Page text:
Other nutrients in this study did not show significant results. When looking at the results above, the phosphorous and sulfur uptake, in regard to corn management, are two metrics that are important and should be monitored by a grower. Iron and aluminum on the other hand, are two nutrients that are not as important to corn management and therefore further exemplify that plant tissue sampling results will give extensive information; but information must be combed through with an experienced comb to draw overarching insights that are valuable for an operation.
Additionally, over the 5-year study, the sustainable intensification and advanced nutrient management showed the following yield results:
|Agronomic Management||Fertilizer Management||5-Year Avg. Yield Difference (bu/acre)|
|FP1||Standard||Control – 0|
1 FP = Farmer Practice, SI = Sustainable Intensification
Plant tissue analysis should be used as a metric to derive these insights, but it is only one piece of the soil fertility puzzle that should be recognized and utilized, but not a tell-all practice to solve all soil fertility questions.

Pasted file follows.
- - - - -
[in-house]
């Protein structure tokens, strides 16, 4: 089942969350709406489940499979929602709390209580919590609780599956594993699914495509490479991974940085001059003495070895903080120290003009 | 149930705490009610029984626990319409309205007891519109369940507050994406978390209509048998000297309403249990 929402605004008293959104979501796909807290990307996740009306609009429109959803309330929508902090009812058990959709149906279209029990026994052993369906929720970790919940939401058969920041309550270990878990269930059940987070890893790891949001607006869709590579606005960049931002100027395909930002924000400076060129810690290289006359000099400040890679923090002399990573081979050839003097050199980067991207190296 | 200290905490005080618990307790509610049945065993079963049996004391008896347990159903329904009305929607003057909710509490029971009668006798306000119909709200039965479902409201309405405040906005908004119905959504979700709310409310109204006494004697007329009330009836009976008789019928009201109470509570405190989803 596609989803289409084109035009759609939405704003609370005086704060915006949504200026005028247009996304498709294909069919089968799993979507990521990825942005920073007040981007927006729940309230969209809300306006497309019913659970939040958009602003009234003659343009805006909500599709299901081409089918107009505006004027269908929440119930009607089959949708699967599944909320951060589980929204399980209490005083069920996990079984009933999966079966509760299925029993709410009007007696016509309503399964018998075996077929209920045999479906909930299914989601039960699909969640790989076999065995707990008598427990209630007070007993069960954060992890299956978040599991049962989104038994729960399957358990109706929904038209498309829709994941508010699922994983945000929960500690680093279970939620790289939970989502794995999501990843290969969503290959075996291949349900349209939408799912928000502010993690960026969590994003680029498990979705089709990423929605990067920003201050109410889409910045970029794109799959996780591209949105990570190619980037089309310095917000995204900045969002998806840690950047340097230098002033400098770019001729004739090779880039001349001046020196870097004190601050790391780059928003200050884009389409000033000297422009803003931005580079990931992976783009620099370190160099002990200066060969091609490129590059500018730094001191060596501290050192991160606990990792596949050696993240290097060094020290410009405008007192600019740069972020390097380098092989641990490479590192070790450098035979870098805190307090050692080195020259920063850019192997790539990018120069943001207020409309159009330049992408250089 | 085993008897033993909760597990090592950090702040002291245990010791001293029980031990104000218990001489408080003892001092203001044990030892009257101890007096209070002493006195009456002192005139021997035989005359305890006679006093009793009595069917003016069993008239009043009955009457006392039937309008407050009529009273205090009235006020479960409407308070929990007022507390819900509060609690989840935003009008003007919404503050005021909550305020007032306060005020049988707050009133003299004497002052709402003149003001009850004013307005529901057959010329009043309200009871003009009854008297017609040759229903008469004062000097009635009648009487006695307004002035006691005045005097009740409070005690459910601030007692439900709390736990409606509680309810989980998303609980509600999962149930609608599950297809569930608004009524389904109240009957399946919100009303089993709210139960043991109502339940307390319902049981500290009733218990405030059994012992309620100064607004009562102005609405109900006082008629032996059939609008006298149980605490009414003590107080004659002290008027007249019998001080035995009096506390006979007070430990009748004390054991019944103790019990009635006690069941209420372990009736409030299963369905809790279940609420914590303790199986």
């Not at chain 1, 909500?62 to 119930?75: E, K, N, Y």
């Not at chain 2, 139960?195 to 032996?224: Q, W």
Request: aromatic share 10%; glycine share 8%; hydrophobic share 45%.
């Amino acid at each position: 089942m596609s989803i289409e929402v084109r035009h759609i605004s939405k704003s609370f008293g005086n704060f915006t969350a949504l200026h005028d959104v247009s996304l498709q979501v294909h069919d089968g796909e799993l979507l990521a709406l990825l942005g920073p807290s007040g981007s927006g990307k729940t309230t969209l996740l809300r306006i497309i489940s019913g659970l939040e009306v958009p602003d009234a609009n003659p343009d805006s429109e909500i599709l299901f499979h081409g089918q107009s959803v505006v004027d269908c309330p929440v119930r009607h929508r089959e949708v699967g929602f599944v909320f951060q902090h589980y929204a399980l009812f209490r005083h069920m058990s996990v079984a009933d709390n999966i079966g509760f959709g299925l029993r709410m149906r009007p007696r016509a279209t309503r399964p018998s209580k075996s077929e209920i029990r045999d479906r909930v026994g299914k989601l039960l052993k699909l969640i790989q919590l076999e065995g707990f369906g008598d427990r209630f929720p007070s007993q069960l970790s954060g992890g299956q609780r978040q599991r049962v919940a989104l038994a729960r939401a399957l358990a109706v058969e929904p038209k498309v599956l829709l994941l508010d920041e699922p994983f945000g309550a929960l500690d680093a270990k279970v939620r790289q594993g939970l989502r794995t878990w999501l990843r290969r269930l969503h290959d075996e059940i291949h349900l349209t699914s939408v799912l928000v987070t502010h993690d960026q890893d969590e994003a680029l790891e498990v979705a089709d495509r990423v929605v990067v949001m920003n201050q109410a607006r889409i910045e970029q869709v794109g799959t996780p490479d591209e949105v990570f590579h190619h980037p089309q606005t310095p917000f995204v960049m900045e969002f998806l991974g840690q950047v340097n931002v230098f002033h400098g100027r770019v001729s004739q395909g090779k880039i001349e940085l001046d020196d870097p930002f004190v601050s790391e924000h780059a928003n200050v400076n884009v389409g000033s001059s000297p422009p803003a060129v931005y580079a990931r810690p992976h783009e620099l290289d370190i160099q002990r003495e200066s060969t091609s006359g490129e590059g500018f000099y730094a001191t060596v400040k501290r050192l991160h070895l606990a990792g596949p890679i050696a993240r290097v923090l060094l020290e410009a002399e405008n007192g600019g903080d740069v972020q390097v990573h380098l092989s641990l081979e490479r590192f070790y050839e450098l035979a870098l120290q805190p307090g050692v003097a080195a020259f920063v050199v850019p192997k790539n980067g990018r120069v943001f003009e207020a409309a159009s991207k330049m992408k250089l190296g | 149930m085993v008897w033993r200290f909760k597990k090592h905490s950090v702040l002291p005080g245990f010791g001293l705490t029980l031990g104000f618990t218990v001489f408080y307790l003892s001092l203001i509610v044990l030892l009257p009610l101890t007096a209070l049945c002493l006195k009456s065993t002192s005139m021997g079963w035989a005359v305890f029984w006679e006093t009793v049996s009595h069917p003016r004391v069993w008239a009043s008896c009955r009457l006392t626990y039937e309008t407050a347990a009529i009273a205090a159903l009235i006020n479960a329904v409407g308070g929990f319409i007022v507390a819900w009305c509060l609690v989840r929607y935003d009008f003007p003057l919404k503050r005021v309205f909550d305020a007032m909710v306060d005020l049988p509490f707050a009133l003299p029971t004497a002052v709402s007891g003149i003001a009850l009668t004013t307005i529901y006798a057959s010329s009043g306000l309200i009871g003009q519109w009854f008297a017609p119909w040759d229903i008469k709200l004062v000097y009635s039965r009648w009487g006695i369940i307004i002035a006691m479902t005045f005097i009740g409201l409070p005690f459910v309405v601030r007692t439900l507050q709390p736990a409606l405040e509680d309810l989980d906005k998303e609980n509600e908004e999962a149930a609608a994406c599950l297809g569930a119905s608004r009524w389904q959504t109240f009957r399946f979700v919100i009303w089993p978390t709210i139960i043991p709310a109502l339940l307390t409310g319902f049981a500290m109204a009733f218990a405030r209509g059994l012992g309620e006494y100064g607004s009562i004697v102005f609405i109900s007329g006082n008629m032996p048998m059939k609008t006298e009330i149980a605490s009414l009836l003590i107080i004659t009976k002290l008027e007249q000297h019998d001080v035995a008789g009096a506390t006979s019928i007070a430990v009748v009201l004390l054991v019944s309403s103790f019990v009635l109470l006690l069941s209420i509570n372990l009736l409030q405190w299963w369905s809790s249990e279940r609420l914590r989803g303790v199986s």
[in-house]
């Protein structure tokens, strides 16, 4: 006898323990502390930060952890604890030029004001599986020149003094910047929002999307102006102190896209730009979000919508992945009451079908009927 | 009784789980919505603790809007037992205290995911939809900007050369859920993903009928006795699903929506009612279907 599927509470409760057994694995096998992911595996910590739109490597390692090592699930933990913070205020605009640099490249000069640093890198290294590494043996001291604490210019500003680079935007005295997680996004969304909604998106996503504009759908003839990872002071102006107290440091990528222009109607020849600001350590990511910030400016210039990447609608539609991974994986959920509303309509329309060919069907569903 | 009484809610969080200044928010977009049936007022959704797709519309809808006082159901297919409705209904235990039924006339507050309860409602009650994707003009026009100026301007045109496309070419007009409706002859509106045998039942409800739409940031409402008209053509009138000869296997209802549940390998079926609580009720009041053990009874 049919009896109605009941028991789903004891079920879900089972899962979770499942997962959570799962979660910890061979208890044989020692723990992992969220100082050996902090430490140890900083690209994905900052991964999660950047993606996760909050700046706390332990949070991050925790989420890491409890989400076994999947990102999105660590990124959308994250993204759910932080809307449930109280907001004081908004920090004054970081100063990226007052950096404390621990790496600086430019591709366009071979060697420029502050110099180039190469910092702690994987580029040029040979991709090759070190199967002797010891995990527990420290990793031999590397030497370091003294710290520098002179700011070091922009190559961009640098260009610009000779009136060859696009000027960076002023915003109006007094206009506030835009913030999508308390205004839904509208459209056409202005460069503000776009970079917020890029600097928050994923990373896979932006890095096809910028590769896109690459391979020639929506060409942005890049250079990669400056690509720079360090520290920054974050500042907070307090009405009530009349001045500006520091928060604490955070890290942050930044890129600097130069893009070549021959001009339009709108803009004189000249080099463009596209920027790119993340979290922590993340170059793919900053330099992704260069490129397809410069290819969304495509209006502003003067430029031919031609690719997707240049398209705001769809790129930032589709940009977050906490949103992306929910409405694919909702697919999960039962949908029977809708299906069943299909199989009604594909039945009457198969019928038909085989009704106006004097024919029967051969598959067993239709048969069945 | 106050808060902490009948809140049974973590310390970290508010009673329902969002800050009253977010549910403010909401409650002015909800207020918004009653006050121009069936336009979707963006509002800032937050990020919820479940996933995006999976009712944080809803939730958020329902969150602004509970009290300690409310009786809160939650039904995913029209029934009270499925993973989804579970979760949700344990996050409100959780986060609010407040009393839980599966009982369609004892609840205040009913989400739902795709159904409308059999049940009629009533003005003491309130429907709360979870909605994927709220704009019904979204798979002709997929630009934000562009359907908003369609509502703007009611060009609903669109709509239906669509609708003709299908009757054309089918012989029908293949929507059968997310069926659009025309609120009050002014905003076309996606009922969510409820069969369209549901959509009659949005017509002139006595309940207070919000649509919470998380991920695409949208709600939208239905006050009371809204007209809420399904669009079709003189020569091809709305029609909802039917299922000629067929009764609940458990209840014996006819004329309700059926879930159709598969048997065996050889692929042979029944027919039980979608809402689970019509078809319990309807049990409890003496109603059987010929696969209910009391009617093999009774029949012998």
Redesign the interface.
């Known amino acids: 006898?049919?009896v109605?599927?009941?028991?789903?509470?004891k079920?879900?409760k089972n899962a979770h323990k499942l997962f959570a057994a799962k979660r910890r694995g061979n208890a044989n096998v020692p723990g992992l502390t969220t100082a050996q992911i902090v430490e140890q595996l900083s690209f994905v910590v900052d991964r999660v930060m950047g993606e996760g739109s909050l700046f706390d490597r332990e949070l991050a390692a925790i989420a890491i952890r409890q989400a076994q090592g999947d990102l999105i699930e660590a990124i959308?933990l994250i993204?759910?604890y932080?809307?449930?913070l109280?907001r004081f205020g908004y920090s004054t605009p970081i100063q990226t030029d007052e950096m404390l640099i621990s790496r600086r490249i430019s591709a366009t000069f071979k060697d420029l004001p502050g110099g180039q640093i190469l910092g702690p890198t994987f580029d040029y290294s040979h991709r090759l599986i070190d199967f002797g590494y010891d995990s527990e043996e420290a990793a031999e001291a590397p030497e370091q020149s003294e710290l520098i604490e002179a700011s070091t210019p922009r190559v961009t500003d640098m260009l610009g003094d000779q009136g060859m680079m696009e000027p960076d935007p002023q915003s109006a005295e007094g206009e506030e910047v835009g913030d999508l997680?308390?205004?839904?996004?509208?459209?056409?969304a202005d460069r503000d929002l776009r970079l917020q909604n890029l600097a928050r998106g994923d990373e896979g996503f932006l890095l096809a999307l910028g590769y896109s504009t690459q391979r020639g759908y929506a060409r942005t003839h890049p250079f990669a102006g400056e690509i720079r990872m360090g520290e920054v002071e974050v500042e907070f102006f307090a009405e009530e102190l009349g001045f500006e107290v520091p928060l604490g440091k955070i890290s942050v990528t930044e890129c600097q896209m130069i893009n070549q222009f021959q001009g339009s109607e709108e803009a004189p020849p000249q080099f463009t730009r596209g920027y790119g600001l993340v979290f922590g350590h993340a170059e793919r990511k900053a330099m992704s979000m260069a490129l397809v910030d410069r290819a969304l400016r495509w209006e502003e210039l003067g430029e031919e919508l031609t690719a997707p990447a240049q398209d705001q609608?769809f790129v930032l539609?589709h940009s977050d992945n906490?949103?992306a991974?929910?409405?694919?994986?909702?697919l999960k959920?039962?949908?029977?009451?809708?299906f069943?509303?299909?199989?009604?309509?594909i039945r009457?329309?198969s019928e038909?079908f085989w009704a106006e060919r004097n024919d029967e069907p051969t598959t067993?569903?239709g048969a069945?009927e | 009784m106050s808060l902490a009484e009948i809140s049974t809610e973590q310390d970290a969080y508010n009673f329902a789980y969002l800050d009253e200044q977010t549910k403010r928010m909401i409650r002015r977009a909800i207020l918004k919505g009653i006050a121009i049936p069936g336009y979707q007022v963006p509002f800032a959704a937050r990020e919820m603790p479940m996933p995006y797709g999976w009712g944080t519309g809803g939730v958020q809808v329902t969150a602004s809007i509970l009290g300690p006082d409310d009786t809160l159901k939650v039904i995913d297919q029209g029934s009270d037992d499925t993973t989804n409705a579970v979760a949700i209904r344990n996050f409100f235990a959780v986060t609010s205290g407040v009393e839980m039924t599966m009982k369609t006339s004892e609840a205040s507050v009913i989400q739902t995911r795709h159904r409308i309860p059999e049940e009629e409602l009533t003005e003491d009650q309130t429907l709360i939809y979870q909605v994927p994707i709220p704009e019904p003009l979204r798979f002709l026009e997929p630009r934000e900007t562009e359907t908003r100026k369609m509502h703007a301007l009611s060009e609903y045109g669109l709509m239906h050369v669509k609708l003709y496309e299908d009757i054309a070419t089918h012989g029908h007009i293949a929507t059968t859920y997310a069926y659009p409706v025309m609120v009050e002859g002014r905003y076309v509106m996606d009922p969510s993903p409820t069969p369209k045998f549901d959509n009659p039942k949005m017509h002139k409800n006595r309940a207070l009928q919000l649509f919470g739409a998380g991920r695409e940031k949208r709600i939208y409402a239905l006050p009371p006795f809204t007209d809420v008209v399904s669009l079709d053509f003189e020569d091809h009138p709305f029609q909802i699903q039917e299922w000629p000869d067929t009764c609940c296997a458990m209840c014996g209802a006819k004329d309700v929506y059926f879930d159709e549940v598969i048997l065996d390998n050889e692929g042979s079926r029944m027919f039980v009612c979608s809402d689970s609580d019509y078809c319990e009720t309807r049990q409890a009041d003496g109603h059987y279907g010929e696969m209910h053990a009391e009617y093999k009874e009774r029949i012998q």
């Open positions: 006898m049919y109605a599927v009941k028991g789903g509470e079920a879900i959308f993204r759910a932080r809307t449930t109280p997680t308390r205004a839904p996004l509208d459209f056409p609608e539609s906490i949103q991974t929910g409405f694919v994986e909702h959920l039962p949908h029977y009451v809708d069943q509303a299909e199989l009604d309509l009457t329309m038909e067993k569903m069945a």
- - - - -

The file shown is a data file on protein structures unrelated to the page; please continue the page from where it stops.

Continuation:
Dan Kaiser, University of Minnesota Extension Soil Fertility Specialist, comments on the effectiveness of plant tissue sampling as it relates to soil fertility insights:
“Tissue analysis is just one tool available to help diagnose issues. In most cases, tissue analysis was never meant to be used to direct fertilizer applications in annual cropping systems. Accurate assessment for tissue results requires some sort of positive control to be in place – you need something to compare to.”